If you are a specialist in any of the fields covered here, there is much here to interest you. If you are an applied statistician looking for that certain result that will help you analyze that reliability dataset, you might find some ideas here on how to create your own solution, but the chances that you will find that solution already crafted here are slim. If you are a student, mastering the concepts in these papers is great exercise, and when you are done you will have a better foundation than you can get from most textbooks-but you will probably need some help. If you are an engineer, despite the promise of the Preface, this book is rough going unless you are also mathematically sophisticated.
Michael TORTORELLA Bell Laboratories
Mathematical Theory of Reliability of Time Depen- dent Systems With Practical Applications, by Igor N. KOVALENKO, Nickolaj Yu. KUZNETSOY, and Philip A. PEGG, Chichester, U.K.: Wiley, 1997, ISBN O-471- 95060-2, ix + 303 pp., $79.95.
The authors have set out to write a book on the mathematical theory of reliability. They have done an excellent job of achieving that objective with an approach that uses applied probability and stochastic processes. The issues of statistical inference are left to other books. Its lack of problems or exercises at the end of chapters may hinder its use as a textbook; however, it has an excellent set of references and will be a valuable addition to the shelves of those researchers interested in the mathematical theory. Some graduate training in stochastic processes would be advisable for optimal use of this book.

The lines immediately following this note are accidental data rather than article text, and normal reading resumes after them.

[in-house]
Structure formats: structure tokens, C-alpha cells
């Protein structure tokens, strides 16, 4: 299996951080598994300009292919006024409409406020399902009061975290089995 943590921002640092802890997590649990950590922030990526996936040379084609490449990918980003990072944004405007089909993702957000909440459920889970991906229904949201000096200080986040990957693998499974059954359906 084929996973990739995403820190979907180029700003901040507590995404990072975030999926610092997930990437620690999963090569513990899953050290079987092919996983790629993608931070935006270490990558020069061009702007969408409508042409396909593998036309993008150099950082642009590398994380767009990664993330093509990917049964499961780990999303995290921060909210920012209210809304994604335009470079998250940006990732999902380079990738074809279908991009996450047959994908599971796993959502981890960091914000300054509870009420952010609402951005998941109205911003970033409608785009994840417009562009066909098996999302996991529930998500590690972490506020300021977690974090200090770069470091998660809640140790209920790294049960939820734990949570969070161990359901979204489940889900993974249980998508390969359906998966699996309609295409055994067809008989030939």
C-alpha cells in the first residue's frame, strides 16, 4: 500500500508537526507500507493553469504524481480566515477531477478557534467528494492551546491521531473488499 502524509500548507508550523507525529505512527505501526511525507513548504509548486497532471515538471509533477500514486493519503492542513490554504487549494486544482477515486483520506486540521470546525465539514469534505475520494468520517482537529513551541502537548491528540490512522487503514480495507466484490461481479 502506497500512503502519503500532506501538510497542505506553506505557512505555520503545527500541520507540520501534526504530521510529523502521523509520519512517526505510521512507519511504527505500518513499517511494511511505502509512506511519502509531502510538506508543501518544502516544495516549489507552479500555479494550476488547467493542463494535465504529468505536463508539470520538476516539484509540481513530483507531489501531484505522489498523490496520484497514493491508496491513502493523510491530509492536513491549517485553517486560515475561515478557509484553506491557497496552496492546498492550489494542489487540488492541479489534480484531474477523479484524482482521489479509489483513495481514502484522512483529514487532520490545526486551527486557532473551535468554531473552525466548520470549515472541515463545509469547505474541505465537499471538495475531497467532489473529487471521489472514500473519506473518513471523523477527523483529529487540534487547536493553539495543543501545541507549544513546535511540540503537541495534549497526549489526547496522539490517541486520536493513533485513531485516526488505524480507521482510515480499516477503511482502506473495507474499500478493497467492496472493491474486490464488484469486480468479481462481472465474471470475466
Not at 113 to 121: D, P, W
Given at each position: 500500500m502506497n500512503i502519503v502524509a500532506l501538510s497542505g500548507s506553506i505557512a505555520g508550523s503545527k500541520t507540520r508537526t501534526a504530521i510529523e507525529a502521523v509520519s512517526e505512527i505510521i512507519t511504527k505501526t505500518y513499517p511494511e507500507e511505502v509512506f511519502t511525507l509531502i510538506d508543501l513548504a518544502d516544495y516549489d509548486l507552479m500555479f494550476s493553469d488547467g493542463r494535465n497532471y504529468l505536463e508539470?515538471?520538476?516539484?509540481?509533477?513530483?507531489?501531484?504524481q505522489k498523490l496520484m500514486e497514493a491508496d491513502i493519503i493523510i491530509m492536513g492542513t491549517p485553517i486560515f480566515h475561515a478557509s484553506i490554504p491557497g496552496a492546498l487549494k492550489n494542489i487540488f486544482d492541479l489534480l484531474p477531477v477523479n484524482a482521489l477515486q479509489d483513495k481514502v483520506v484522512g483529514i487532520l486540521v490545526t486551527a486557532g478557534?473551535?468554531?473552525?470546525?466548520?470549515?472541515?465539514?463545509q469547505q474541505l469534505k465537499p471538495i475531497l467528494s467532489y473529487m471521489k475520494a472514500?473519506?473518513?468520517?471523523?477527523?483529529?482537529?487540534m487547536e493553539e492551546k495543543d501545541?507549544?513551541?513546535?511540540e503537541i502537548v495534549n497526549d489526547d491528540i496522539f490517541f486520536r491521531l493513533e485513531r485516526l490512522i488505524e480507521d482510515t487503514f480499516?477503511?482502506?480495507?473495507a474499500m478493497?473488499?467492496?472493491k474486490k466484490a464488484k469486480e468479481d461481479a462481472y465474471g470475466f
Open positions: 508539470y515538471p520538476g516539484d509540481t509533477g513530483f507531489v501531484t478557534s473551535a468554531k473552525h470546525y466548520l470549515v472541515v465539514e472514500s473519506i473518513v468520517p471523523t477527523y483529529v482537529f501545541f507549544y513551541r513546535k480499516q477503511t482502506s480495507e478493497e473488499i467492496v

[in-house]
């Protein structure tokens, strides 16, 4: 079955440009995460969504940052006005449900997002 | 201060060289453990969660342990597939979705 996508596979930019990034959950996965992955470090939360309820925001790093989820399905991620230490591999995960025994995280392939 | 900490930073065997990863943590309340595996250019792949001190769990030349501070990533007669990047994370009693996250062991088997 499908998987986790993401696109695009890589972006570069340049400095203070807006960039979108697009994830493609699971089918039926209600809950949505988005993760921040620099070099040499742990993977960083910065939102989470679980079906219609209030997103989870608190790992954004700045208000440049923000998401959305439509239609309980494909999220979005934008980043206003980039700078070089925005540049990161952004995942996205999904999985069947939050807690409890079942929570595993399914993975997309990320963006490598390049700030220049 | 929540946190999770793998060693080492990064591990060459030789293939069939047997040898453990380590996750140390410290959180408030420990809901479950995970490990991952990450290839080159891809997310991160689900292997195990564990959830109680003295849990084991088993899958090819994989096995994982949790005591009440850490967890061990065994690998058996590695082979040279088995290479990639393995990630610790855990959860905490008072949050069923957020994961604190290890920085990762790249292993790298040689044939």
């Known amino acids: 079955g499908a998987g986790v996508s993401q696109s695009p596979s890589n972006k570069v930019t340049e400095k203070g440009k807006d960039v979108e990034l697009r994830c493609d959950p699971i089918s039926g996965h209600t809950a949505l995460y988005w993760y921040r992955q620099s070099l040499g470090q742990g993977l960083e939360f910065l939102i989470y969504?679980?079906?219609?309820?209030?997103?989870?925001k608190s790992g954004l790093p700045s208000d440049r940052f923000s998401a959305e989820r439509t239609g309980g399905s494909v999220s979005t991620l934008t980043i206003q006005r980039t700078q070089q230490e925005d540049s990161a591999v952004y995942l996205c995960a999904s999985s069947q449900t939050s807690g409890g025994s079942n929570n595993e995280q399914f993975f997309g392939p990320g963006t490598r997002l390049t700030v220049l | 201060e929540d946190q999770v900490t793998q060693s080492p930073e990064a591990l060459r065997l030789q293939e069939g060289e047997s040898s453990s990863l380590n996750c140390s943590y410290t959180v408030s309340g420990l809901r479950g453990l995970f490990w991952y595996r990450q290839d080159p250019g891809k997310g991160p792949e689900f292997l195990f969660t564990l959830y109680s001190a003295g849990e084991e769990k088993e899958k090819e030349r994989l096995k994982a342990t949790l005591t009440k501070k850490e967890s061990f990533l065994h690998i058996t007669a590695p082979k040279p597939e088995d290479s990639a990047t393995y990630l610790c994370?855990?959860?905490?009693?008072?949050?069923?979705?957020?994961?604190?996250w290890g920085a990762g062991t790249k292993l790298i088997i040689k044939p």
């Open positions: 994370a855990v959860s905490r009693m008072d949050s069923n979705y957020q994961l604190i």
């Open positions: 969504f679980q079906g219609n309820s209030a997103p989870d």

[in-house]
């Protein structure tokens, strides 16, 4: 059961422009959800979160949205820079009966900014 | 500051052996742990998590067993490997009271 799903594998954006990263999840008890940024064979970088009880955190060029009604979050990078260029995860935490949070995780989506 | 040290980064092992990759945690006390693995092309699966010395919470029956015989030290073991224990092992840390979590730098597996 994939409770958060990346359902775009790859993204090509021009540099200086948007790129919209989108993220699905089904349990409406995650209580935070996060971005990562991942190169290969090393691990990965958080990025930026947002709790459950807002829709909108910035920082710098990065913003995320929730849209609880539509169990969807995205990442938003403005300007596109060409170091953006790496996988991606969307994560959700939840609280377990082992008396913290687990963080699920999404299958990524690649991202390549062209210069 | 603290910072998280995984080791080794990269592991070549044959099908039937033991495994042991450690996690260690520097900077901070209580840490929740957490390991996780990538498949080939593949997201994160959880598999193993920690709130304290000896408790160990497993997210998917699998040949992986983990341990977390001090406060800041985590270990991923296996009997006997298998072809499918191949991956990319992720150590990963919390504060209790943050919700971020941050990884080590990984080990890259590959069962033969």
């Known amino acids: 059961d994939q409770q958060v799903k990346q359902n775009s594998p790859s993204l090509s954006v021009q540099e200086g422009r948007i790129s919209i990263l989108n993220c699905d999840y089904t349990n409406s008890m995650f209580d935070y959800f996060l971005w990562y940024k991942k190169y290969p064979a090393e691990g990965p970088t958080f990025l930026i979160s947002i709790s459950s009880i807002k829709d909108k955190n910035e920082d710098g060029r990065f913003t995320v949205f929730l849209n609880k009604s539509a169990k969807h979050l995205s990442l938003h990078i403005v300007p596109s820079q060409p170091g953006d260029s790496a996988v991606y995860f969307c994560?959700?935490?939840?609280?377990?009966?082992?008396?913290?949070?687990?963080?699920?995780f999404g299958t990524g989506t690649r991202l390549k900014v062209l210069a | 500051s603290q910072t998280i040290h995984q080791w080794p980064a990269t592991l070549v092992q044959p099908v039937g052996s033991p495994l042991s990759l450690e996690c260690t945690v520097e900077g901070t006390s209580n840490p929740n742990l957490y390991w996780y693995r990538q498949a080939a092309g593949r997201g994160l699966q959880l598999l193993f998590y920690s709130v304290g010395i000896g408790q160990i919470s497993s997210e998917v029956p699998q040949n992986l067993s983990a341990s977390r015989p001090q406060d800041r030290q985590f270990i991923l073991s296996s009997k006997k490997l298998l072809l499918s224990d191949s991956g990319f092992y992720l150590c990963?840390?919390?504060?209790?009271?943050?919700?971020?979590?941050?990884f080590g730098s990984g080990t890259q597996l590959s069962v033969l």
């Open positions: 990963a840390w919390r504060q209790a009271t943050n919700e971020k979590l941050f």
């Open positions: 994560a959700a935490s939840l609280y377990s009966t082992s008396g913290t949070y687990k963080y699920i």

Chapter 1 is a basic introduction to the mathematical theory covering the basic context and definitions, coherent structure functions, reliability, failure rates, and other things that might constitute the first few chapters in some other books.
Chapters 2 and 3 make substantial use of stochastic processes. Chapter 2 is a presentation of the notions of a Markov and a semi-Markov process.
Some applications to reliability and queuing theory are made. A separate section treats important special cases such as birth and death processes and alternating renewal processes. Chapter 3 is devoted to homogeneous and nonhomogeneous point processes with an indication to the way in which reliability theorists can use this material.
Chapters 4. 5, and 6 discuss topics that are commonly treated in reliabil- ity books. Chapter 4 is devoted to fault-tree analysis and its current state of research. Chapter 5 treats the theory of redundant systems and makes extensive and interesting use of queuing-theory techniques. Chapter 6 dis- cusses Monte Carlo methods; random-variable generation and the model- ing of nonhomogeneous Poisson processes and continuous-time Markov chains are some of the topics.
Chapter 7 presents a discussion of perturbation methods with sections on Markov reliability models, phase-type and matrix-exponential approx- imations, and infinitesimal perturbation analysis. Chapter 8 is devoted to stiff processes. Various variance reduction methods are presented in Chap- ter 9, and Chapter 10 covers the rapid simulation of repairable systems. The final chapter is devoted to a study of several measures of component importance that have been introduced over the years.